A new monthly, free origami class started up in Dec 2017 at the Prescott Public Library in Prescott Arizona. I teach the classes with help from my two origami partners, Lolly Skinner & Sue Kimball. I brought my origami teaching skills from the RUFF (Rosamond Upbeat Folding Fanatics) group that I spearheaded in Rosamond CA for 12 years before moving to the Prescott area in July 2017. The name of this activity at the Prescott Library is PrOF (Prescott Origami Fanatics).

The folks at the Prescott Library have been very welcoming and supportive of these monthly classes and the response from the community has been outstanding. Several of the 24-seat classes have been "sold out". The library advertises the classes, puts them in their on-line calendar, and manages registration.

I am the teacher and main organizer behind the classes. My two origami partners, Lolly Skinner & Sue Kimball, also attend most classes, serving as the Roaming Helpers, looking for students who are struggling, and offering help so they don't get too far behind. Lolly and Sue also help me decide on models for each class and the three of us hold practice sessions at home.

Each class has a theme; some of the themes so far have been: Boxes & Bows (Dec), Flowers (May), Shirts & Pants (Jun), Boats & Sailboats, Animals, Traditional Models, Envelopes & Letterfolds, Dogs & Cats. The classes are 3 hours long, starting with a short "About Origami" overview, followed by a brief presentation of the Two Fundamental Folds (Mountain & Valley) and other common diagramming symbols used in books. Then I teach 4-to-5 models; each model is folded twice, to improve retention, before going to the next. Since there are always first-timers present, the first 1-to-2 models are Simple and the remaining models are Low-Intermediate to Intermediate. I believe that anyone with an appropriate level of physical ability can fold any Simple-to-Intermediate model, if the teacher breaks down the more complicated maneuvers into small steps and teaches them in an unrushed, well-planned manner. It also helps to use language and humor to make the work interesting and fun. I use 12"-square scrapbooking paper to fold the model as I teach it, for better visibility by all in the classroom. A 5-10 minutes break is given approximately every hour.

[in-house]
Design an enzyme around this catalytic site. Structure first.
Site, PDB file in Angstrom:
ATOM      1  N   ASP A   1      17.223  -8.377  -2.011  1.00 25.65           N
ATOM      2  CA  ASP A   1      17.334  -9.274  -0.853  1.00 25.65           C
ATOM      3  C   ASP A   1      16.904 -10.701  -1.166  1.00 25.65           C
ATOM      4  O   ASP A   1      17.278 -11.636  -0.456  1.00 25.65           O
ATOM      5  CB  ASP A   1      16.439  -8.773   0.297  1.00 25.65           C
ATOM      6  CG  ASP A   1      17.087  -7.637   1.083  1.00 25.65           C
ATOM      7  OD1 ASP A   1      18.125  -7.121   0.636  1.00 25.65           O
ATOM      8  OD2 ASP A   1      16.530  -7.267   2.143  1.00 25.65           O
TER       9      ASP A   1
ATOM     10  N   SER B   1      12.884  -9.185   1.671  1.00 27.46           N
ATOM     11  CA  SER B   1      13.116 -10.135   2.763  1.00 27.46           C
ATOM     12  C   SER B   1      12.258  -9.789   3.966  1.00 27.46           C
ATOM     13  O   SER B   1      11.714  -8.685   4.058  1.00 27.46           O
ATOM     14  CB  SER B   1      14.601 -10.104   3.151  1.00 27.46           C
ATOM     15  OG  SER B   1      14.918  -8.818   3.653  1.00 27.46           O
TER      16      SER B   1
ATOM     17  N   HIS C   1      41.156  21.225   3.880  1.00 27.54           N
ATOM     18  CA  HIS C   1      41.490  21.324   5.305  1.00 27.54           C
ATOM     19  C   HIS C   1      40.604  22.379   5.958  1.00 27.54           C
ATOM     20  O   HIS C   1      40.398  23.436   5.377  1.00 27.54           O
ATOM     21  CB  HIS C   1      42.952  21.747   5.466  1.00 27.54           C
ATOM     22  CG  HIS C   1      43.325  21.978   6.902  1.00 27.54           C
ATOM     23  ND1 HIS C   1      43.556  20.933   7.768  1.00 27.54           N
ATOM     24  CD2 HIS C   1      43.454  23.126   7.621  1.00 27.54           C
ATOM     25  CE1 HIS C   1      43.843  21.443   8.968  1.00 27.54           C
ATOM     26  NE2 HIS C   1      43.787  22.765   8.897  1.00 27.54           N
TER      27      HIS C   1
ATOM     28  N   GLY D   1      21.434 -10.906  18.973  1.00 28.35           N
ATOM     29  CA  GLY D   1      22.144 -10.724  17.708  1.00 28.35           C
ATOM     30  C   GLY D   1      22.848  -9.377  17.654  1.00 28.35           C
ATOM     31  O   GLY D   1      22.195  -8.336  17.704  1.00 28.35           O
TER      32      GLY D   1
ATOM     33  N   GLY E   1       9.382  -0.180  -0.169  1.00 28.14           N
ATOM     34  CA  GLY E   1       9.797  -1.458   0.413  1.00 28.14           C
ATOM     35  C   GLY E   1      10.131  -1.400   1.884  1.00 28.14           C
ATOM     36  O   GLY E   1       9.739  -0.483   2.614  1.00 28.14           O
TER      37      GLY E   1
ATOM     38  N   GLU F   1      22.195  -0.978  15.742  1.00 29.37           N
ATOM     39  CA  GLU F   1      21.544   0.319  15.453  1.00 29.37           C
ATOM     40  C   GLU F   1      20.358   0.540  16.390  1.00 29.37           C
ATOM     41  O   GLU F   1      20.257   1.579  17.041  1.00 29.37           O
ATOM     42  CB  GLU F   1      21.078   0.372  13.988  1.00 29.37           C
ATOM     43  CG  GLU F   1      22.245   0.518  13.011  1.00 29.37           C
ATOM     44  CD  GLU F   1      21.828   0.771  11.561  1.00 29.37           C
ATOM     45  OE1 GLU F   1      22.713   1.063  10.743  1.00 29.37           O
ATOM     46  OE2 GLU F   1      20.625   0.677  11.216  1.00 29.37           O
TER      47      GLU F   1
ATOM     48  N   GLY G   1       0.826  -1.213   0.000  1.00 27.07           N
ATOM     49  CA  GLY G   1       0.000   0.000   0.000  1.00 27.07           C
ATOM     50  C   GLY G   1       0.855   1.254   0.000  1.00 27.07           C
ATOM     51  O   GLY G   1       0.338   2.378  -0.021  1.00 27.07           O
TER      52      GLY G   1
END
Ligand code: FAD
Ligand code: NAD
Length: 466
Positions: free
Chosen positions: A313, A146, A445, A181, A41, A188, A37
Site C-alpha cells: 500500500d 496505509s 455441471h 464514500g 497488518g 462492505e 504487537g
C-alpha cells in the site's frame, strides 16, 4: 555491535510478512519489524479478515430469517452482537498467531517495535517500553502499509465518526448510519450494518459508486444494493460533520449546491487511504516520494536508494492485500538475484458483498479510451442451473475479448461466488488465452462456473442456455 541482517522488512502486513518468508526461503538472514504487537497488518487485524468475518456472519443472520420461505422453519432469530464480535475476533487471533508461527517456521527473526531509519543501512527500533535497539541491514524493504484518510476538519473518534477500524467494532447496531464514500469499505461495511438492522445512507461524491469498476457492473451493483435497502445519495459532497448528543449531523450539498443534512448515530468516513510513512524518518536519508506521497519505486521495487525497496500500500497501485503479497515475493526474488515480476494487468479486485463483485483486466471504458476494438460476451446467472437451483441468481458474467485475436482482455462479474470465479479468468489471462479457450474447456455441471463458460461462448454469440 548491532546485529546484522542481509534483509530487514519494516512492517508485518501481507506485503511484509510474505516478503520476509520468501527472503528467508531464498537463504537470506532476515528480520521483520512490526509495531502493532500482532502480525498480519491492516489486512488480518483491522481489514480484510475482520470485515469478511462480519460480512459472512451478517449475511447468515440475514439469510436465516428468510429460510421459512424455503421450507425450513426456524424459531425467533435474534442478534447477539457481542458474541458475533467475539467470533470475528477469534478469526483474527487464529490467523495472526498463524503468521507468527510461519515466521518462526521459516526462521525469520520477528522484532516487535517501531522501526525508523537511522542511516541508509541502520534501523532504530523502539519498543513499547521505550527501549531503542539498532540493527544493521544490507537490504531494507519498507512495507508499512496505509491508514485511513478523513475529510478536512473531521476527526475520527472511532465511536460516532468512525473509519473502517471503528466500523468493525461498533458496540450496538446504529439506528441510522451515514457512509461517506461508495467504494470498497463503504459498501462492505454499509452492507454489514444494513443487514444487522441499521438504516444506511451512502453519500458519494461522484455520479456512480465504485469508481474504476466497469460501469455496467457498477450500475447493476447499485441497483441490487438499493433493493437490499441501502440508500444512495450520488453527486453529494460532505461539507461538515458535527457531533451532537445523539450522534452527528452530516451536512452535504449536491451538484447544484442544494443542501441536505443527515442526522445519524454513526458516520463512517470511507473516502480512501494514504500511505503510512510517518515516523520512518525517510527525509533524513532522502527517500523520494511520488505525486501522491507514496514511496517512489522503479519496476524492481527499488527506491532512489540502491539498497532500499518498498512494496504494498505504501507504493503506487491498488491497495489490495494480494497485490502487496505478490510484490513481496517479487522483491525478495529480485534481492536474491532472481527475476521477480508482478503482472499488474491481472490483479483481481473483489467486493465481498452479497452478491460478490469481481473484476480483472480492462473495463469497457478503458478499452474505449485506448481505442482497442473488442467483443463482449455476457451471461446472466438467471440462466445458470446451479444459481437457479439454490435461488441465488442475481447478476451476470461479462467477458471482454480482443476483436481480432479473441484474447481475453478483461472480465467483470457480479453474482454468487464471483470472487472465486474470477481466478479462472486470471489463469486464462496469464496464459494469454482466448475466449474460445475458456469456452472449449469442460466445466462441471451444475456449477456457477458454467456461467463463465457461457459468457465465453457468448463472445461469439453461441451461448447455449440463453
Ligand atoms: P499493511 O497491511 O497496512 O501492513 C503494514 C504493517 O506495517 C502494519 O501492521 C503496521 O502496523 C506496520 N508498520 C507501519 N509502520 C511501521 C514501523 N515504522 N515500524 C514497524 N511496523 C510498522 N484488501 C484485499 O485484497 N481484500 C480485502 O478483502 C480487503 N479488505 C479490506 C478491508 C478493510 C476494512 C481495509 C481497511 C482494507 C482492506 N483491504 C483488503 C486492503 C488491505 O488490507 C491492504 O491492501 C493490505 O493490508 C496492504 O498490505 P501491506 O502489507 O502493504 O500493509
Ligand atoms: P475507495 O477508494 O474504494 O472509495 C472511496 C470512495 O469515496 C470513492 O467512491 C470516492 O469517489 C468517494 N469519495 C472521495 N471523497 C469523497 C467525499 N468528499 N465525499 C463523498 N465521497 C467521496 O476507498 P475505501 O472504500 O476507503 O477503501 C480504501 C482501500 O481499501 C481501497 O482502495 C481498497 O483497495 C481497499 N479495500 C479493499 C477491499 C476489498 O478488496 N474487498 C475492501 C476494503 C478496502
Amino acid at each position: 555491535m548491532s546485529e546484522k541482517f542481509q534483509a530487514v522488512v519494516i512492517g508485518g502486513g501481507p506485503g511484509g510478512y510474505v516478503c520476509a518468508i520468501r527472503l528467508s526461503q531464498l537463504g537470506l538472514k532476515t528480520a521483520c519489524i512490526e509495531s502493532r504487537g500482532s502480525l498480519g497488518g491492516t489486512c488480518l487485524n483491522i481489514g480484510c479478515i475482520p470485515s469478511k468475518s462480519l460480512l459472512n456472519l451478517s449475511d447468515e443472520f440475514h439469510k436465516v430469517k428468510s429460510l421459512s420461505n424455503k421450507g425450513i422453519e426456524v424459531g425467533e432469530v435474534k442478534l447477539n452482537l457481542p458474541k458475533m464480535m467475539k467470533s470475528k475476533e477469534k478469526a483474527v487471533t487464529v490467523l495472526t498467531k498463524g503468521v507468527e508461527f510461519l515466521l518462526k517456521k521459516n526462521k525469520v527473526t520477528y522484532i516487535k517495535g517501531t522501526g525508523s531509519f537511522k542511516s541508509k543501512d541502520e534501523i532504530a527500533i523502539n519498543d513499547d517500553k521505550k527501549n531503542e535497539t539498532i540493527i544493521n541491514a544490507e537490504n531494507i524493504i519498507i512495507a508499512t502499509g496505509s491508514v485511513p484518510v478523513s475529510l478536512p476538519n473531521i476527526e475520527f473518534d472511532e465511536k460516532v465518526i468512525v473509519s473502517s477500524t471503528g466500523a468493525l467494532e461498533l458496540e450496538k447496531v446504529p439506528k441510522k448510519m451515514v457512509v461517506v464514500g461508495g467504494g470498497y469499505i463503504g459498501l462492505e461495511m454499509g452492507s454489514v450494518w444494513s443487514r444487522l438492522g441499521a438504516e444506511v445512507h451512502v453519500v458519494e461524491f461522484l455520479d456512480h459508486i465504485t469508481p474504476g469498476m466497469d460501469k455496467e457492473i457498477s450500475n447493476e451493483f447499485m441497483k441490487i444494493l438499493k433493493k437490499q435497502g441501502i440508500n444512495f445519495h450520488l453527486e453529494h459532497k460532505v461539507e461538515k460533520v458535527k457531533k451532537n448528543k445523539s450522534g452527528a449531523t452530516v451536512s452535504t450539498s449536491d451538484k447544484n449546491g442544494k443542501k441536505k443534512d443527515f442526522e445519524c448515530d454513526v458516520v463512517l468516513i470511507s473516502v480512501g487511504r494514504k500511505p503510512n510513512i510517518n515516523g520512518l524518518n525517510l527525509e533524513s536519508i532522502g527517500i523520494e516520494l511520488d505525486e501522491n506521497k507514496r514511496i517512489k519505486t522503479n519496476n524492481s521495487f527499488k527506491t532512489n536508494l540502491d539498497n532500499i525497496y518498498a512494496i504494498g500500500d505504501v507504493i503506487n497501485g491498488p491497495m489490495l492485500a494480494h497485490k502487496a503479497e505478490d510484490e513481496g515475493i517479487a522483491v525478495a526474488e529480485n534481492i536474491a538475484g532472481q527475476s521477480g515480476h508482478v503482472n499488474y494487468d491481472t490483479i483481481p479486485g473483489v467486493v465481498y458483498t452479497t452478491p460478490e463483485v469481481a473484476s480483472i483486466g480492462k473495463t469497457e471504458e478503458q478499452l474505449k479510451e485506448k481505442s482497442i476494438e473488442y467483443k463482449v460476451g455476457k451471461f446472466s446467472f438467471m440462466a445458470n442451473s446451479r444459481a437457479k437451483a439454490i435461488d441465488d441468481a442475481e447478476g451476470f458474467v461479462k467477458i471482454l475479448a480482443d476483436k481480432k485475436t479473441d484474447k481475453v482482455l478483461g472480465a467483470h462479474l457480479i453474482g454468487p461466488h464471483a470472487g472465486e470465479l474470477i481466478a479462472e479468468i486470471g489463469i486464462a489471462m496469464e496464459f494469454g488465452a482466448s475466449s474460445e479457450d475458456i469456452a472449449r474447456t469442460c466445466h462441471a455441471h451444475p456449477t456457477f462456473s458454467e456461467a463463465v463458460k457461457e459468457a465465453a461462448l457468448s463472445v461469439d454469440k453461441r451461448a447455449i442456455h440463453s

PrOF Class. Photo by Christina Owens.

Once the scheduled models have all been taught twice, the students can fold on their own, with help from the teachers, or if the students wish, an Optional model can be taught, usually something a little more challenging, but never above Intermediate. (The Optional model has never been turned down!)

To sign up for the PrOF classes at the Prescott Library:

--- Register on-line at www.prescottlibrary.info --- Call 928-777-1526 --- Ask a librarian